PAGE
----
Following the warning from ex-Walmart CEO Bill Simon regarding the American consumer nearing a 'breaking point,' Target's CEO, Brian Cornell, has also signaled a cutback in consumer spending, groceries included. This trend aligns with our view, as well as views from JPMorgan and Goldman, that consumers have hit a wall.
On Thursday morning, Cornell spoke with CNBC's Becky Quick on 'Squawk Box' about the retailer's challenges, including the cash crunch facing consumers amid high inflation. He provides a unique insight into consumer behavior patterns at stores nationwide:
"They're managing that budget really carefully, and it certainly is pressuring discretionary spending," Cornell said.
The exec continued: "They're purchasing fewer items, even within the food and beverage sector. When we examine overall retail spending and observe the top line, it appears there's a really healthy consumer out there spending money. But, even in the food and beverage categories, over the last few quarters, we've seen a decline in the units, the number of items they're buying."
"So, they're even tightening up their spending in those categories. In discretionary goods, we have seen seven consecutive quarters of decline in both dollars and units. This means consumers are buying less apparel, fewer items for their home, and fewer toys," he said.
CNBC's Quick than asked:
"We see areas in our economy where things look great. The GDP rebounded by 4.9% for the third quarter. But what you're describing sounds like a recession in certain areas of the economy."
"I think that's a really fair assessment. It underscores why it's so crucial not to just look at the top line but to delve deeper and examine what's happening in different categories. We need to consider the impact of the last three or four years of rising costs on how Americans are budgeting each week and understand what they are trading off.
"For seven quarters, they've been purchasing fewer discretionary items, and they're not buying the goods they were during the pandemic. Now, that will change over time, and we're certainly planning conservatively in those categories."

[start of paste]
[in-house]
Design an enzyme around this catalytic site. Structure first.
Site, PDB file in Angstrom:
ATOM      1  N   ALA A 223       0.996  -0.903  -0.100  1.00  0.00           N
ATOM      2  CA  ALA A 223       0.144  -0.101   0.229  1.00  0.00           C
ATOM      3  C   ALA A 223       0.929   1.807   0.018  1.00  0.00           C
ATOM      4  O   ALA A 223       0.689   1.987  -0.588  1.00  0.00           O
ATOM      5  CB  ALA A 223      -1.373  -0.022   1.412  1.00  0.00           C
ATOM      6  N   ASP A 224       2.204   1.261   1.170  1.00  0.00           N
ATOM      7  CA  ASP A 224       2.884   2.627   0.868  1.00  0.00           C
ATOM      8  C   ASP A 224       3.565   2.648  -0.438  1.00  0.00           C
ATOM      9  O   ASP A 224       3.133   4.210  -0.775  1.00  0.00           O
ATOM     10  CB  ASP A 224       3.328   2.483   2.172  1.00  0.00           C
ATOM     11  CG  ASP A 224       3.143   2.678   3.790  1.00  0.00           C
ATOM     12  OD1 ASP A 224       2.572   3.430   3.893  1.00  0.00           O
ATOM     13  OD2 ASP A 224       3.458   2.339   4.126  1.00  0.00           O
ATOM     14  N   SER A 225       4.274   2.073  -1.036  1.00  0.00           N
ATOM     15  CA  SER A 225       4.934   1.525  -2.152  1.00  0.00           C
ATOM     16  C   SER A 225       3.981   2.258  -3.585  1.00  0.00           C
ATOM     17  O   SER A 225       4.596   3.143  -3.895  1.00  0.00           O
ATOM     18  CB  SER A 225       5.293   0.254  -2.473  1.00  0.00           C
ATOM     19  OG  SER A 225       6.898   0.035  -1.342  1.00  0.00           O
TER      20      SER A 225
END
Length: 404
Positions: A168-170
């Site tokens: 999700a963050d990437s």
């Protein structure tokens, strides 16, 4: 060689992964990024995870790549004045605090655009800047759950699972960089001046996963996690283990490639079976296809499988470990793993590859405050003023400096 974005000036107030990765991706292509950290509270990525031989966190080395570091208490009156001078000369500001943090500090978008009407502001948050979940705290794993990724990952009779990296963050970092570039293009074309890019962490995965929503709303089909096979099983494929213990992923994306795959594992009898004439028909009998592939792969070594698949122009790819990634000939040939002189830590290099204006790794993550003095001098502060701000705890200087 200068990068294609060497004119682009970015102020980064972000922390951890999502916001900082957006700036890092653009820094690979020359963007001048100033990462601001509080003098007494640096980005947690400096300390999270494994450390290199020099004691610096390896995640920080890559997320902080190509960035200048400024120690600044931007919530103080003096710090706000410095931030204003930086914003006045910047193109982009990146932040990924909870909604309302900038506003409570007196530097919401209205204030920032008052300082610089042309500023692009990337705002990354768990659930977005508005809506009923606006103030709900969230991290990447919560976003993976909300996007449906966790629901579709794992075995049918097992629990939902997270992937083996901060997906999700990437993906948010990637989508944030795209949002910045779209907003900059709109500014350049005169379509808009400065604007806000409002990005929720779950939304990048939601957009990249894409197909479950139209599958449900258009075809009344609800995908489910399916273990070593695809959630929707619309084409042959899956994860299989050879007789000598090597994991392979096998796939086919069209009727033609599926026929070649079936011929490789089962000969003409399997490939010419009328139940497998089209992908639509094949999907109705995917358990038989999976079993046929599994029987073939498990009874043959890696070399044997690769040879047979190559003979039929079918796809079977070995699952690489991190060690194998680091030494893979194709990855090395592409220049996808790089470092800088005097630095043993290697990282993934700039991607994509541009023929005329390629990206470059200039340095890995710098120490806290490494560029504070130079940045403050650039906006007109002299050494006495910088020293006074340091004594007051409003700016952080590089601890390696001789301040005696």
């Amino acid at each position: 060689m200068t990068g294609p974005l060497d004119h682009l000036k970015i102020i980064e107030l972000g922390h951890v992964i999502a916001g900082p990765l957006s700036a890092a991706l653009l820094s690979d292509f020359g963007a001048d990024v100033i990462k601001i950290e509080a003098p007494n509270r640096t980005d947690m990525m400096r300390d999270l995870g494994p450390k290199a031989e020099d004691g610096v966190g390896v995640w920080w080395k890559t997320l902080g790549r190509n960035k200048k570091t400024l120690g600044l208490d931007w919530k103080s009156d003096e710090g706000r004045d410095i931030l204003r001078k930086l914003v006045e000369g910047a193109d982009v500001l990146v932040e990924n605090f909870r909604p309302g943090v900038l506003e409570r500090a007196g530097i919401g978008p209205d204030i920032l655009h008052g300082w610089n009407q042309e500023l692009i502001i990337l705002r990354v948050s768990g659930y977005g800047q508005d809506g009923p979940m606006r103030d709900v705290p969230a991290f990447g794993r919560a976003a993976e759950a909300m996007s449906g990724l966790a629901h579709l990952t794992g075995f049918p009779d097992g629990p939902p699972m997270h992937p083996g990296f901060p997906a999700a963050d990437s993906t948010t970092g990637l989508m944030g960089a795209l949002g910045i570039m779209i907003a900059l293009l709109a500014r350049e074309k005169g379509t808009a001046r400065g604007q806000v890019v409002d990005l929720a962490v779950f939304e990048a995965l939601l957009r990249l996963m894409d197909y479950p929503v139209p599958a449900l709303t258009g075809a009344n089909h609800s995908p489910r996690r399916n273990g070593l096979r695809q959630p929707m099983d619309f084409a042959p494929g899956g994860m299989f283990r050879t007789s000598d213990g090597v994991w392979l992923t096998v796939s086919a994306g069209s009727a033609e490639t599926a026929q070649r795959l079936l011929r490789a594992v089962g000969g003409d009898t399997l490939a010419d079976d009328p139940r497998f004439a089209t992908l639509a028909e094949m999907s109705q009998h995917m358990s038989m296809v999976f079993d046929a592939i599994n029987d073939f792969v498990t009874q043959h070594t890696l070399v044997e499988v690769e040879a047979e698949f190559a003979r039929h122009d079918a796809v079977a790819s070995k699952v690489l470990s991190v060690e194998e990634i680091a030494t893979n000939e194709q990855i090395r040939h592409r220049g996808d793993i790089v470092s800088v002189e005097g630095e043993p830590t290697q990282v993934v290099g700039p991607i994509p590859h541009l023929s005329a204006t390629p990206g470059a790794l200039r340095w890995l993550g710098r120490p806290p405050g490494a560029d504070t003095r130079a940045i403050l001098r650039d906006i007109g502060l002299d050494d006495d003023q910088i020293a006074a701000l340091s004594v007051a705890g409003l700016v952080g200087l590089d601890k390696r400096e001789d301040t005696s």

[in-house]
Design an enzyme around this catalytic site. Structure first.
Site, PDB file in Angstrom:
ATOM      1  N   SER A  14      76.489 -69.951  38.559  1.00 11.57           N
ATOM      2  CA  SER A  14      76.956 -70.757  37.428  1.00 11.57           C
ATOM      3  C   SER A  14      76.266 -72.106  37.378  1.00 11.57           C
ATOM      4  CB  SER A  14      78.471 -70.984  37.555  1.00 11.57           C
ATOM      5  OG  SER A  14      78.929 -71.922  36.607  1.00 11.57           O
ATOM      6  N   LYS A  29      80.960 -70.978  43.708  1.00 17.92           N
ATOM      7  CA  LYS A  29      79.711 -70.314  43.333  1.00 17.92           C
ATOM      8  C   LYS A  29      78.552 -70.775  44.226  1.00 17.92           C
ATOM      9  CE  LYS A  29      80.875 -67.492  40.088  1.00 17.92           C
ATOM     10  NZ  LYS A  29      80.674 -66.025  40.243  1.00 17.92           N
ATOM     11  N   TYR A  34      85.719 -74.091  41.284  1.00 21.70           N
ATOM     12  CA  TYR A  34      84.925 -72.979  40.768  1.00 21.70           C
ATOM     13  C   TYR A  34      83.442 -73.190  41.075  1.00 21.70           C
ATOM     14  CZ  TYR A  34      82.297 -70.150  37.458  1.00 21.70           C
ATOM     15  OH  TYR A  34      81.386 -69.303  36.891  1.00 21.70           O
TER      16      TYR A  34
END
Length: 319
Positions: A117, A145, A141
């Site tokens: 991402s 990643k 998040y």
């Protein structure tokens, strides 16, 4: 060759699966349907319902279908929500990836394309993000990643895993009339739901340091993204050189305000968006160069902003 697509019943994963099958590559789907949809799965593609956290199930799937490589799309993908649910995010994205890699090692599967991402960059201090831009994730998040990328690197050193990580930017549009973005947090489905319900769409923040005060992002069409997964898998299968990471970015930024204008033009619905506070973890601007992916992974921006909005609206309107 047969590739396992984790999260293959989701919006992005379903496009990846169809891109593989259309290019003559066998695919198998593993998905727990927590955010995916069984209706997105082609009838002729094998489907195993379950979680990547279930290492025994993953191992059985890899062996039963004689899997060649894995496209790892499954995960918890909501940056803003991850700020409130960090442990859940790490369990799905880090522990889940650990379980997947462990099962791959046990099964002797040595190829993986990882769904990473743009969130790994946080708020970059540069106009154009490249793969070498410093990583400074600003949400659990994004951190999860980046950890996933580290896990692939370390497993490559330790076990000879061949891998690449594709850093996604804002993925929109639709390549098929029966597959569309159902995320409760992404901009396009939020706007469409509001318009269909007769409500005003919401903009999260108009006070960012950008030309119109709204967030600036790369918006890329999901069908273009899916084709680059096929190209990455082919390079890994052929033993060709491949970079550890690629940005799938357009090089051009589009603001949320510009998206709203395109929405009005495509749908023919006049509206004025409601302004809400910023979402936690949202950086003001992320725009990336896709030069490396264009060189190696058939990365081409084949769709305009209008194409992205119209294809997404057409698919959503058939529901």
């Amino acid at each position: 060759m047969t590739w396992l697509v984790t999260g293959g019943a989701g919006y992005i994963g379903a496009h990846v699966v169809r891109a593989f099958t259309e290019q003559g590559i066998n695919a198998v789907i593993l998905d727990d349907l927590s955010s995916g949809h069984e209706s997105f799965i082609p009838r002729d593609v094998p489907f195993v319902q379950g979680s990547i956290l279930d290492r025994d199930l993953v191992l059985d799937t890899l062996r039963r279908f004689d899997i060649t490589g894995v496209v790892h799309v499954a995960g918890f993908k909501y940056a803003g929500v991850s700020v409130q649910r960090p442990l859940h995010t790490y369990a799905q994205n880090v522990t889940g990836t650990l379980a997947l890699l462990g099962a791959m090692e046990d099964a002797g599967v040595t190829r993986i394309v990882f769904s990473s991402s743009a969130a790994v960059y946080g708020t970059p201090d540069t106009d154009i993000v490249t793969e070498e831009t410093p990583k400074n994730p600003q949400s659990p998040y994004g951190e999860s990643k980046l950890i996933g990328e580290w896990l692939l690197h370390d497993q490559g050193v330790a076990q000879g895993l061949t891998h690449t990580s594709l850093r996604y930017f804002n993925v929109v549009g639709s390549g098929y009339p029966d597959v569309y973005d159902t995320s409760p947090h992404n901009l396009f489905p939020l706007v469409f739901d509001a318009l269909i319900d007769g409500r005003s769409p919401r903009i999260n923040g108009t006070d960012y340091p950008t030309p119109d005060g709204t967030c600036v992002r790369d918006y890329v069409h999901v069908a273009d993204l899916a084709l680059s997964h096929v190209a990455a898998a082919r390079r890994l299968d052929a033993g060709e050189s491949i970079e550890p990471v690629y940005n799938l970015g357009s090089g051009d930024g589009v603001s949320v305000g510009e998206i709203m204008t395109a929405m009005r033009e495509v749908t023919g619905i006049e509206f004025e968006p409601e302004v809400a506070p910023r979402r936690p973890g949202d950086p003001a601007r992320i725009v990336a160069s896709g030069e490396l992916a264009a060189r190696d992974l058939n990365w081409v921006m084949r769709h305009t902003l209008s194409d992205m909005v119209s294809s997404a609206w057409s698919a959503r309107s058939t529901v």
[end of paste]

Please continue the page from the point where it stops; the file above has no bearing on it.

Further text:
Besides touching on out-of-control shrink, Quick probed the CEO on selling "pride merchandise" that targeted children. He quickly said, "Both you and I know those were not true."
🚨 BREAKING: CNBC's @BeckyQuick pressed @Target's CEO, Brian Cornell, on the backlash the company received for selling "pride merchandise" targeting children:— Will Hild (@WillHild) November 2, 2023
He responded by denying it, saying all the allegations made against his company were lies. pic.twitter.com/RqYP2StR8n
The CEO also said the only reason stores pulled "pride merchandise" was because employees felt "threatened."
.@Target's CEO says the *only reason* they pulled their "pride merchandise" targeting children was because employees felt "threatened" — which he claims has never happened before, even during natural disasters, the pandemic, or the riots in the summer of 2020: pic.twitter.com/MPhab8nSJM— Will Hild (@WillHild) November 2, 2023
Pessimism extends beyond just the major retail players. Bloomberg markets live reporter and strategist Michael Msika pointed out this week that companies this earnings season are increasingly mentioning "weak demand" on earnings calls - the highest number of mentions in data going back to 2000.
And Charles Schwab analyst Jeffrey Kleintop warned weeks ago about a "cardboard box" recession as consumers and small businesses were pressured by soaring interest rates and elevated inflation.
A recent Barclay's Global Rates Weekly report shows everything you need to understand about the faltering consumer...
As the consumer goes, so will the economy.